posted by Joh at 8:27 AM on May 25, 2011

Truly, congratulations on the impending homecoming!

Just wanted to weigh in and say that we used this Pak n Play from Graco right next to our bed for the first 3 months of our daughter's life on the higher setting, then moved her to a crib but retained the Pak n Play on the lower setting for quick moments (like when you have a pot boiling over, bathroom, etc.) or for travel. On the higher setting (note: this is not a bassinet), both my husband and I never experienced any back pain and we're tall. It's been great for travel, or for when we have guests and need to use her room for visiting folks. I'd recommend it highly since it's multipurpose and can grow with the child, and you can find them used at baby consignment stores if they have those in your area.
posted by thenewbrunette at 8:48 AM on May 25, 2011

Response by poster: Thank you all so much, this has been amazing thread. I think I'm going to print it out for my wife to read at the NICU tonight. I promise I'll come back and mark best answers as soon as I can.
posted by exhilaration at 12:33 PM on May 25, 2011

1) I haven't used a Pack n Play, but I know people who have and they're totally fine as a short-term thing, but I wouldn't think you or baby would like it long term. We use a co-sleeper, which is similar in that it's collapsible, but it's much smaller and attaches to our bed. I recommend it highly for new parents who want to keep baby close by during that newborn "eating all the time" stage. This is a sort of bassinet, which is a small bed for baby that goes in the parents' room. Cribs are solid pieces of furniture and are usually used in baby's own room.

2) We didn't get a monitor, but I've heard really good things about video monitors. A friend got a sort of bed-monitor that went under the crib mattress and would sort of vibrate the baby awake if s/he didn't move for a certain period of time - the idea being that it would keep the baby from falling asleep too heavily and help prevent SIDS. She really felt like it eased her mind a ton. Since my own son sleeps right next to me and he snores so much that I know if he stopped breathing, I haven't used anything like this.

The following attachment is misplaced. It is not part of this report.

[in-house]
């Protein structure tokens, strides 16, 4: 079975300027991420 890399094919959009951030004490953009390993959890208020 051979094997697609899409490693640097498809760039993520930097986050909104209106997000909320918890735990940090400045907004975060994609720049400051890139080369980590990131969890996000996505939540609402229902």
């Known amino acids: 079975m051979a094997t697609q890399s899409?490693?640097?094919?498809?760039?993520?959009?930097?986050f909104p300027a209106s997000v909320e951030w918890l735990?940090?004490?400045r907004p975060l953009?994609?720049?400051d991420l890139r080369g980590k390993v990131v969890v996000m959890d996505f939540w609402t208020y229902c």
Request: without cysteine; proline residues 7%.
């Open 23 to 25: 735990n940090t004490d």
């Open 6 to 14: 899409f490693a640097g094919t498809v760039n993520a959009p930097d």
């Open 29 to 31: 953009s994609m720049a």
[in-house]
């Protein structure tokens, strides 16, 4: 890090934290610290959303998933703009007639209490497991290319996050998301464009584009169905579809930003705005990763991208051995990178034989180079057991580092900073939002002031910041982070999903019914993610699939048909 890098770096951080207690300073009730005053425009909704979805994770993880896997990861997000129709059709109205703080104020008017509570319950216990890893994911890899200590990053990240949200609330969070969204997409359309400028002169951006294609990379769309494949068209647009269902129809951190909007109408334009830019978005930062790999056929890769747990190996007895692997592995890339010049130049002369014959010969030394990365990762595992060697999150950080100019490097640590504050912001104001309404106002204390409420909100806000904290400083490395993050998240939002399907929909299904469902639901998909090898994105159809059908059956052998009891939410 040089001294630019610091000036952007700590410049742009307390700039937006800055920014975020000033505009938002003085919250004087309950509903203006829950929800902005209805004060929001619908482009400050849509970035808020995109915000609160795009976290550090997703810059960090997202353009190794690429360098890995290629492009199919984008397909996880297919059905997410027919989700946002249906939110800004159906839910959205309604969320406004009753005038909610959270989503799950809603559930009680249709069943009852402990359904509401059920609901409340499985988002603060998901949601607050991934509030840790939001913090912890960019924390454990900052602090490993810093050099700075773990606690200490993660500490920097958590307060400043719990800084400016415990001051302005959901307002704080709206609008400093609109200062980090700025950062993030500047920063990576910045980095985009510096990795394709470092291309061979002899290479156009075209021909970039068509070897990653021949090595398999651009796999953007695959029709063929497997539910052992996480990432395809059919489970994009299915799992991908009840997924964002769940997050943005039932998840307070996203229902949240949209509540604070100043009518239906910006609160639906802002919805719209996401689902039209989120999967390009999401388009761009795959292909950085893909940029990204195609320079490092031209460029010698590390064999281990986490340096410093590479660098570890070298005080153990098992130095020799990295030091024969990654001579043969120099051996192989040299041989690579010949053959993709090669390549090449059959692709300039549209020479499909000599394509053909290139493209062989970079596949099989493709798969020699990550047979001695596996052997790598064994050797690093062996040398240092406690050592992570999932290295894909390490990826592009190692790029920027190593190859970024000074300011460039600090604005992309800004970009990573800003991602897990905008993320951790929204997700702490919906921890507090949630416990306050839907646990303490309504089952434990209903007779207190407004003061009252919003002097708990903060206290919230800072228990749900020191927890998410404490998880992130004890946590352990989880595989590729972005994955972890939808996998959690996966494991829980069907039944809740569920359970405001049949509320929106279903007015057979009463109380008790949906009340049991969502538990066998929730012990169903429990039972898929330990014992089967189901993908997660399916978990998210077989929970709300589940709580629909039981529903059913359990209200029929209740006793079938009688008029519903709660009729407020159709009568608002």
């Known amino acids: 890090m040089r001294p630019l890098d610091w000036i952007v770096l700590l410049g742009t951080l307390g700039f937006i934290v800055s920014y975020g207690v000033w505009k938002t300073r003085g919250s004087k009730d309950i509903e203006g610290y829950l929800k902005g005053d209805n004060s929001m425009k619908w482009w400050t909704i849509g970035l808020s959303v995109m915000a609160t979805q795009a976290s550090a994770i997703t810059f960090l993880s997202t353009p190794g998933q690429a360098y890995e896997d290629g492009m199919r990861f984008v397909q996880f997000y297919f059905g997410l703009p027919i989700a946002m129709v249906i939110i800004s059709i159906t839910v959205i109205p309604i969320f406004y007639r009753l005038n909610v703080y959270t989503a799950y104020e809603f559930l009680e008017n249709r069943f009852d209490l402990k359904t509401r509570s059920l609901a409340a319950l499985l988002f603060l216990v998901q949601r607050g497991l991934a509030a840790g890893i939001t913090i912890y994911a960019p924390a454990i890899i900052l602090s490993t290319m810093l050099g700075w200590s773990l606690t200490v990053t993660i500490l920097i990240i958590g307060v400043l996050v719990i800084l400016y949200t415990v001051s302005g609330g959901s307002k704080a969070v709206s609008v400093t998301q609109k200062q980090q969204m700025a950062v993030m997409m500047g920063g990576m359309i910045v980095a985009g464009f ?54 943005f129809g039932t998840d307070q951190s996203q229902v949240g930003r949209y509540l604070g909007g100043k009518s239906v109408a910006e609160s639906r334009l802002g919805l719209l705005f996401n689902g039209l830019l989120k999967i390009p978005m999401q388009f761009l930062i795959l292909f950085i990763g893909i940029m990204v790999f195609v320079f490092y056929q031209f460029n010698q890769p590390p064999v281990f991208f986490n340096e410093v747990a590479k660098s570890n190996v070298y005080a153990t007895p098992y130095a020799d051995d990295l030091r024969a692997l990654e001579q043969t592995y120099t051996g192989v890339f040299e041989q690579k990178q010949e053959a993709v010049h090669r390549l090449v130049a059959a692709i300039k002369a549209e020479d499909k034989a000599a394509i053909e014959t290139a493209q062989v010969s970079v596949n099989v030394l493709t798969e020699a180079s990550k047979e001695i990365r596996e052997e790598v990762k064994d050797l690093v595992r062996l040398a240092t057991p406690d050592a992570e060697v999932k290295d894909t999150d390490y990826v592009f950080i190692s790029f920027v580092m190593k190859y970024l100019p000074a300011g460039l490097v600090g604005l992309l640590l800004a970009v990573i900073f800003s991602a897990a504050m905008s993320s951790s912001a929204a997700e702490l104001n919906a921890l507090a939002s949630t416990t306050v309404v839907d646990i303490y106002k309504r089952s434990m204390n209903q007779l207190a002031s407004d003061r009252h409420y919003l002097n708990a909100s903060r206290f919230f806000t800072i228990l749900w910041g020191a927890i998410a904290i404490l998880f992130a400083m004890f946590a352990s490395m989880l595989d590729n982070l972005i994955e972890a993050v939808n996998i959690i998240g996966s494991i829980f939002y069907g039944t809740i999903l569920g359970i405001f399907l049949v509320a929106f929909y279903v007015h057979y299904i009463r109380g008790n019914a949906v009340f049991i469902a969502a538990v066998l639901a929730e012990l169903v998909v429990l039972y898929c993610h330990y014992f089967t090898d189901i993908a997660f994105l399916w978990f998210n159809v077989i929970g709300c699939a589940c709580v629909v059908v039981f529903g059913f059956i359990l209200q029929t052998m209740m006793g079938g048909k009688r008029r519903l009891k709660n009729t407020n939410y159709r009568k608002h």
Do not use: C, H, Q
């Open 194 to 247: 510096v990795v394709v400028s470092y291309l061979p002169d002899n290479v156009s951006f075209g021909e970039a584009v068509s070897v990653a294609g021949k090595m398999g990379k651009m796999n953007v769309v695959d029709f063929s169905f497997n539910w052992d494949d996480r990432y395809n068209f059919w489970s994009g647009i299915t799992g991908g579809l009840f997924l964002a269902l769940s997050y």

3) We have a Maxi-Cosi infant seat and I personally love it because it's *lighter* than the American carrier seats. It's safe, reasonably attractive, and baby's comfy in it. Any new car seat should be fine - things you want to think about in addition to safety rating are if you have a stroller travel "system" for it to attach to and how heavy it is to lug around if you don't.

4) I hear good things about the Born Free glass bottles. We use Avent BPA free bottles and I have no worries about them.

And congrats on the little one! :)
posted by sonika at 6:29 PM on May 25, 2011

Response by poster: Thank you for the suggestions about the boppy pillow. My wife says it's a huge help when breastfeeding.

We did go with glass bottles, we got the Dr. Brown's ones. Buy Buy Baby only had the giant 200 ml ones, we found smaller 100 ml ones at Babies R Us.

We got the Sunza Halo monitor suggested above. We know it may not prevent SIDS (thought it's got a vibration feature to nudge the kid to a higher level of wakefulness if breathing stops) but we feel a million times better hearing the click every time our baby breathes. We can step out of the room and hear it via the baby monitor and know he's OK.

My mother in law got us a Safety 1st car seat + stroller combo from Costco for cheap, like $150 or $170. I paid the $6 for access to the consumer reports website, as suggested above, and saw that it was very well rated.
posted by exhilaration at 11:47 AM on June 6, 2011